ZTE turns to Kickstarter to see if people want a hands-free, sticky phone

Smartphone maker ZTE came to CES armed with new smartphones and Axon 7 Nougat upgrade plans, but perhaps the most interesting announcement is one that needs a little help getting off the ground. Dubbed the Project CSX Phone, ZTE is turning to Kickstarter to deliver its first crowdsourced phone to the masses.

Back in August, ZTE enlisted the help of its Z-Community to craft the next-generation smartphone, and their efforts finally came to fruition this week. After several rounds of voting representing 176 different countries, ZTE has unveiled the Hawkeye phone, which includes two unique features that users apparently demanded: hands-free scrolling and an adhesive case.

According to the company’s Kickstarter page, the two marquee features were submitted by a team of four creative designers who won the Project CSX competition. The scrolling feature uses a high-resolution front camera to track iris motion and translate it into gestures, while the sticky backside is actually a case that needs to be applied when you want to adhere the phone to something.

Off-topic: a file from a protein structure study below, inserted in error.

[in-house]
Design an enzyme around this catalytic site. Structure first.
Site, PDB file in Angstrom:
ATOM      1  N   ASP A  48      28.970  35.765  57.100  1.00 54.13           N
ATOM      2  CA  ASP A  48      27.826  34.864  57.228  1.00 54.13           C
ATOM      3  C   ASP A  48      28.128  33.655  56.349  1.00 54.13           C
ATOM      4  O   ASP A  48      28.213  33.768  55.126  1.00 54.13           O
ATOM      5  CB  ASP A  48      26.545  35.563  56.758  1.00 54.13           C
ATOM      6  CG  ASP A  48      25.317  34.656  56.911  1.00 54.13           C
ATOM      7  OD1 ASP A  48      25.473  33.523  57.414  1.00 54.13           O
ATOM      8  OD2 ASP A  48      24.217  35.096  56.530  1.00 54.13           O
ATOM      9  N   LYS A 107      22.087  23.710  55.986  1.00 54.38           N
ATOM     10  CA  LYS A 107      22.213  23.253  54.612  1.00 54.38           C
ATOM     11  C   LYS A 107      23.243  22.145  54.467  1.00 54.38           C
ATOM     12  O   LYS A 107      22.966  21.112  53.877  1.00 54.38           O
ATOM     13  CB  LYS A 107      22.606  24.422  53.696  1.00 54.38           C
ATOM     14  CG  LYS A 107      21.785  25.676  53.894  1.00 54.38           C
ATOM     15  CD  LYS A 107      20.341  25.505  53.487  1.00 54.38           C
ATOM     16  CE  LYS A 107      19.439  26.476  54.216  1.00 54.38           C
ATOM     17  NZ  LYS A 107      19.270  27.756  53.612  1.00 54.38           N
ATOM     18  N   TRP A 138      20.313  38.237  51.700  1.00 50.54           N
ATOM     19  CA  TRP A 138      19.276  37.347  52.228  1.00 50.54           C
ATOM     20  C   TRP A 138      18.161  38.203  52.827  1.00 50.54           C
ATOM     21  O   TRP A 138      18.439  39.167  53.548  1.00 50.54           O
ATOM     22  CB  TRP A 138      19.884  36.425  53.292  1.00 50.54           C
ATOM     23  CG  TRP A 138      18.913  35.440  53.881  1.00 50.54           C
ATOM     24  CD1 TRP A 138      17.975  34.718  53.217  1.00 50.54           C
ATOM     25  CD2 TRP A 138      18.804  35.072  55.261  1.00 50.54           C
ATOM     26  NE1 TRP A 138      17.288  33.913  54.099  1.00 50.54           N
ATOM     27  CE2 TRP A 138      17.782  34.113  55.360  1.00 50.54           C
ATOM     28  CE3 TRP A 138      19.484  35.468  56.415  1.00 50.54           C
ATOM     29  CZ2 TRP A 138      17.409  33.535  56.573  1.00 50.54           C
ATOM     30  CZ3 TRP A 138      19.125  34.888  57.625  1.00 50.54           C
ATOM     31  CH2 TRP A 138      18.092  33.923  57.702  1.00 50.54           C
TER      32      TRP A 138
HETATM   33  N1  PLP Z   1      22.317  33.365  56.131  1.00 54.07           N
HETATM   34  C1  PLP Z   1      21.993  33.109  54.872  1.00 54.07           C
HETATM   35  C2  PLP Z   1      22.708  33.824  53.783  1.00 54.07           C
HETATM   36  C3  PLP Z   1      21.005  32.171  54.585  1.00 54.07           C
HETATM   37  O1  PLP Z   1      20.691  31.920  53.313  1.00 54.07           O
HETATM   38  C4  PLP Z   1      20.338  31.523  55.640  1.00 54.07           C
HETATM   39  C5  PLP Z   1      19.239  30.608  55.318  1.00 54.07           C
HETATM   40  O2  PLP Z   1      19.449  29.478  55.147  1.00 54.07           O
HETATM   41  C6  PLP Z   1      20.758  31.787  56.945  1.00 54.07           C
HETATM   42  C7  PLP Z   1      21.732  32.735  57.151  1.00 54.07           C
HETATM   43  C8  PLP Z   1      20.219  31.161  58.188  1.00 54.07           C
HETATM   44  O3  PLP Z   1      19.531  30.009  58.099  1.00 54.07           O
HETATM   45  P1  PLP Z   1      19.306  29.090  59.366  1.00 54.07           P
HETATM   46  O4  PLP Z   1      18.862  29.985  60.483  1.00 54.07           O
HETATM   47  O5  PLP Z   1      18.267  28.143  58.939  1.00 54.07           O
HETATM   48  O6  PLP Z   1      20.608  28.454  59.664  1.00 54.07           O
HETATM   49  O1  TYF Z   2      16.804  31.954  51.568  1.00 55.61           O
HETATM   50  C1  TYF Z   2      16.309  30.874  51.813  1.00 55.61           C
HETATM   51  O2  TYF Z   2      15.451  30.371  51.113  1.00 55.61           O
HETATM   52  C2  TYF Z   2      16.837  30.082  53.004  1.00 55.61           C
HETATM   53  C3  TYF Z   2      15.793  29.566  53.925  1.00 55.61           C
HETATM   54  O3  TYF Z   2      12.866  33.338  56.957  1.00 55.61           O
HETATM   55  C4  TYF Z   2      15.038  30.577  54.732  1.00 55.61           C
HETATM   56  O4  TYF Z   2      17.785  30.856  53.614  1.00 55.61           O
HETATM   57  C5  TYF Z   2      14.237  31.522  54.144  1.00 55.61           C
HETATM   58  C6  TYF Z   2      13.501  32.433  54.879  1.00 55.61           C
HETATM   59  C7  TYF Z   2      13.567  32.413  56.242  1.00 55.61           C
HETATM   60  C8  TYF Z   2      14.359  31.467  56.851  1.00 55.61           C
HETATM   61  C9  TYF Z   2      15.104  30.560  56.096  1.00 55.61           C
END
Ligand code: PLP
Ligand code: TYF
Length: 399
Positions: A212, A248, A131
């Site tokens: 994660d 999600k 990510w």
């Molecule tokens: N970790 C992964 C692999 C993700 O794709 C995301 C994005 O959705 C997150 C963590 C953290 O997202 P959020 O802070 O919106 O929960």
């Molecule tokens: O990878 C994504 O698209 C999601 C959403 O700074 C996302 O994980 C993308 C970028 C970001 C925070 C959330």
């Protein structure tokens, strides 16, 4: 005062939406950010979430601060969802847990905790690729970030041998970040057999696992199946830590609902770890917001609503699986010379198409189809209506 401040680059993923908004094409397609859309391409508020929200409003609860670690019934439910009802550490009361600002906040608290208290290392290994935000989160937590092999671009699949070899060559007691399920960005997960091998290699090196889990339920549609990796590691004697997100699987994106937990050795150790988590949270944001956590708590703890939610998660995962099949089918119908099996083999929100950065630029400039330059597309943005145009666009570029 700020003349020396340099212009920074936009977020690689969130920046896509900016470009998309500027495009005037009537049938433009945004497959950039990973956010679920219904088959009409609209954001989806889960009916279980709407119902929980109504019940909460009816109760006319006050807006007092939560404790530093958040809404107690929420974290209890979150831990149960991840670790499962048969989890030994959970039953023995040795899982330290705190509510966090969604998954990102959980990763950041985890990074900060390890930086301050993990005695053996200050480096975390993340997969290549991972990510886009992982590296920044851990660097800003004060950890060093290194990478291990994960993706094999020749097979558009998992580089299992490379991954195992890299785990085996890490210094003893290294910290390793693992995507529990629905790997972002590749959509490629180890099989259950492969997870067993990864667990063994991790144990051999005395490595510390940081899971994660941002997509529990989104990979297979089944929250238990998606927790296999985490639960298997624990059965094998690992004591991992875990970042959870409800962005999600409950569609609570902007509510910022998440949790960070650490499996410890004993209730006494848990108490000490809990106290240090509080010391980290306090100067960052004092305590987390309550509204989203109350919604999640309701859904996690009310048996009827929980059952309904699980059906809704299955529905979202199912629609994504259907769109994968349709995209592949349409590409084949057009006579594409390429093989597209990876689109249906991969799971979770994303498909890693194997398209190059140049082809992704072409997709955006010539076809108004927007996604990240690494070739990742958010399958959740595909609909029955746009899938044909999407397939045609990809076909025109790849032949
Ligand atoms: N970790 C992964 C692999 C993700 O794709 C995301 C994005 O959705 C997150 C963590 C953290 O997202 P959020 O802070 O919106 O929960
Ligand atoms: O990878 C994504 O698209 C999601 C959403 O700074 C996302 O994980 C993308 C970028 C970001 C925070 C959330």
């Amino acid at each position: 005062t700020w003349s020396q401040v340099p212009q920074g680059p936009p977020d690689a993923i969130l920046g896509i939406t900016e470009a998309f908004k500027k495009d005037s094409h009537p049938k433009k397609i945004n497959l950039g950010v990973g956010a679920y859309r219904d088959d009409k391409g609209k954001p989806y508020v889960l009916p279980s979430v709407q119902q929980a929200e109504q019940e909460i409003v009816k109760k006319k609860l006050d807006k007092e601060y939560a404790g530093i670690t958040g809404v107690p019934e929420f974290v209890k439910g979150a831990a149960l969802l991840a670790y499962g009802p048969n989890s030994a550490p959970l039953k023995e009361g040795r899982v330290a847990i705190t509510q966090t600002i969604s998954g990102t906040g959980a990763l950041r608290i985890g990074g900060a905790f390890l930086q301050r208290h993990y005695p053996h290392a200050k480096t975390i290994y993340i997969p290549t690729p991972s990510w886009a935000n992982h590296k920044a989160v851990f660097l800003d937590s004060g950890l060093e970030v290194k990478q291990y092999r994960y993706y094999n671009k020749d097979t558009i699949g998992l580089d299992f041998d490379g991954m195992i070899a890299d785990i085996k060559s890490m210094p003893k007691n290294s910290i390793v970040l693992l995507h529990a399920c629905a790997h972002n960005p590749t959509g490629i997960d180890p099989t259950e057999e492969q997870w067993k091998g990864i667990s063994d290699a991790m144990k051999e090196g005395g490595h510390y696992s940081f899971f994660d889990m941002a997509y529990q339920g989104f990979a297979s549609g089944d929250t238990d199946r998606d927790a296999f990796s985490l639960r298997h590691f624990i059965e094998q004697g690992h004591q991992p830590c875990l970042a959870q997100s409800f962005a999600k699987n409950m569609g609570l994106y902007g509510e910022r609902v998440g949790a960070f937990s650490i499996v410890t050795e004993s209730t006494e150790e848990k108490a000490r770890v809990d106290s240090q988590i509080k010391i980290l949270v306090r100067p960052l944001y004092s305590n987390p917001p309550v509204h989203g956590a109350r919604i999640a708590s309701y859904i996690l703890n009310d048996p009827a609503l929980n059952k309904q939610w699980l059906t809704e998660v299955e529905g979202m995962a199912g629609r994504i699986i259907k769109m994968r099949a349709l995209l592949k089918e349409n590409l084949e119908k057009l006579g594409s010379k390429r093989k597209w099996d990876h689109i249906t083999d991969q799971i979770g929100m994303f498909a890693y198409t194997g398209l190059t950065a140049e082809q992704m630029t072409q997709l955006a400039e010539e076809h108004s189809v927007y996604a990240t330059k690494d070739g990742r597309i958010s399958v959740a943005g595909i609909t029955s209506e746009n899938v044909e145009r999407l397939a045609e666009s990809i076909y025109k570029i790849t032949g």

The Hawkeye phone’s adhesive case lets you stick it to a surface when you don’t have any hands free.

If that sounds weird, the rest of the phone is likely to be pretty standard. ZTE is very light on the specifics, but it will include a 5.5-inch full-HD display, dual rear cameras with enhanced image and zoom capabilities, hi-fi audio, a large battery with quick-charging capabilities, a fingerprint sensor, and a pair of SIM slots. And while the phone will ship with Nougat, it’s not planning to ship until September 2017, at which point Android O will likely be available.

If you want to support the project, it’ll cost you $199 for shipping anywhere in the world. ZTE is seeking a $500,000 goal to bring the phone to market.

Why this matters: While it’s an interesting idea to build a crowd-sourced phone and deliver it via a crowd-funded site, the features here don’t seem like anything to get too excited about. Samsung tried the eye-scrolling thing with the Smart Scroll on the Galaxy S4, but it was more of a lame gimmick than a killer feature. And while the ability to stick to walls could come in handy, needing to attach a case to use it seems clunky. And that’s if it even it raises enough money to get made.

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